How to troubleshoot missing or damaged files.
Whenever I try to load a new program and sometimes when I try to open an existing program I get an error message that states:
C:\Windows\System32\Autoexec.nt The system file is not suitable for running MS-DOS and Microsoft Windows applications. Choose 'close' to terminate the application.
You also have the option to ignore, but either option freezes the application and you have to use the task manager to end task.
I tried to follow the instructions given by the microsoft website, but I am either doing something wrong or it's just not working. Any help you can offer will be appreciated!
This question was answered on June 3, 2005. Much of the information contained herein may have changed since posting.The following files are missing or damaged:
You maybe able to resolve this issue by:
1 Inserting the CD into the CD drive or DVD drive.
2 Click Start, and then click Run.
3 In the Open box, type cmd, and then click OK.
4 At the command prompt, type the following commands, pressing ENTER after each command:
expand CD-ROM Drive Letter:\i386\config.nt_ c:\windows\system32\config.nt
expand CD-ROM Drive Letter:\i386\autoexec.nt_ c:\windows\system32\autoexec.nt
expand CD-ROM Drive Letter:\i386\command.co_ c:\windows\system32\command.com
Type "Exit" to end command mode.
5 Start or install the program
IF THE ISSUE IS NOT RESOLVED, GO TO THE NEXT STEP.
6 Note: The Command.com file is not edited or created in this in the following process Because of this, you may have to expand it from your Windows XP CD-ROM
7 In Notepad, type the following entries:
dos=high, umb device=%SYSTEMROOT%\system32\himem.sys files=40
8 On the File menu, click Save As.
9 In the File Name box, type Config.nt, and then click Save Close the Config.nt file.
10 On the File menu, click New.
11 In the new blank document, type the following entries:
@echo off lh %SYSTEMROOT%\system32\mscdexnt.exe lh %SYSTEMROOT%\system32\redir lh %SYSTEMROOT%\system32\dosx SET BLASTER=A220 I5 D1 P330 T3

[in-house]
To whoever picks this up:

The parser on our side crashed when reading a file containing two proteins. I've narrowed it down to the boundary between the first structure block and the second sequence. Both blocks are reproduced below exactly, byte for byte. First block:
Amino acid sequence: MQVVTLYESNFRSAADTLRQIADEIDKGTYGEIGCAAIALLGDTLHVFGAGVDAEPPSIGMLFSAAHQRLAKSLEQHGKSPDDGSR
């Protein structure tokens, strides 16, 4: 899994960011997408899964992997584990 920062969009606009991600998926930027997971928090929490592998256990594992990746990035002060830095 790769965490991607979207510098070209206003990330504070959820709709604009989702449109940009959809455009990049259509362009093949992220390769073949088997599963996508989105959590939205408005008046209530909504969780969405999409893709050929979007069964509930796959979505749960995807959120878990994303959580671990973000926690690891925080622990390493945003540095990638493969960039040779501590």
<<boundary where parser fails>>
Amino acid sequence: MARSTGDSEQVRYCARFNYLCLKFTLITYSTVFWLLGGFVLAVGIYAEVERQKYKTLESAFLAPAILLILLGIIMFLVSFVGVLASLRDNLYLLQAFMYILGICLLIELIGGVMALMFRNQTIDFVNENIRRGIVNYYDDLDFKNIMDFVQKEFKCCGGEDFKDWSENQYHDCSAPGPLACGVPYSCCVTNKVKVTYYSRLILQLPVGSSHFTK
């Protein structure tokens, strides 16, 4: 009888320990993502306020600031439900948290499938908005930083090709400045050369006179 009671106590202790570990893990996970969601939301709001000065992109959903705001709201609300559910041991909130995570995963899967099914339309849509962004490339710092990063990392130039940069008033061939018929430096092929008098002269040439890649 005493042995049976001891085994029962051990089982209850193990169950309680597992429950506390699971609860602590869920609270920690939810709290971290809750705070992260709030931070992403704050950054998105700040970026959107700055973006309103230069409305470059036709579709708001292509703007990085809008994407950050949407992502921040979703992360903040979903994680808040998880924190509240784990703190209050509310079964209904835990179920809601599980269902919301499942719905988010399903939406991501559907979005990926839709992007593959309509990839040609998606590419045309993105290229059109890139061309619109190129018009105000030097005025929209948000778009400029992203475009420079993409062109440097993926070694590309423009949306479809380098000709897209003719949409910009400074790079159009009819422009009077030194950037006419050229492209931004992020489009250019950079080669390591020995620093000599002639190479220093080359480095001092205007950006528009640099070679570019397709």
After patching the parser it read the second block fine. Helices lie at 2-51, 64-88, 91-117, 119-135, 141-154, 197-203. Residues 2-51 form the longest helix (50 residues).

12 On the File menu, click Save As.
13 In the File Name box, type Autoexec.nt, and then click Save Close the Autoexec.nt file.
14 Start Windows Explorer Locate the Config.nt file, right-click the Config.nt file, and then click Copy.
15 Right-click the %SYSTEMROOT%\System32 folder, and then click Paste.
16 Locate the Autoexec.nt file, right-click the Autoexec.nt file, and then click Copy.
17 Right-click the %SYSTEMROOT%\System32 folder, and then click Paste.
18 Locate the Command.com file, right-click the expanded Command.com file, and then click Copy.
19 Right-click the %SYSTEMROOT%\System32 folder, and then click Paste Restart your computer.
If the issue continues to occur, copy the Autoexec.nt and Config.nt files from the Repair folder in Windows to the System folder To do so, follow these steps:
1 Click Start, click Run, type c:\windows\repair, and then click OK.
2 Right-click autoexec.nt, and then click Copy
3 Click Start, click Run, type c:\windows\system32, and then click OK.
4 Right-click anywhere in that folder, and then click Paste.
5 Right-click the Autoexect.nt file that you just copied, and then click Properties.
6 Click to select Read-Only, and then click OK
7 Repeat steps 1 through 6 to copy the Config.nt file.
Note You must enable Read-Only permissions or the files will be removed after you restart Windows.
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Posted by Kisha of Katharine Gibbs School - New York on June 3, 2005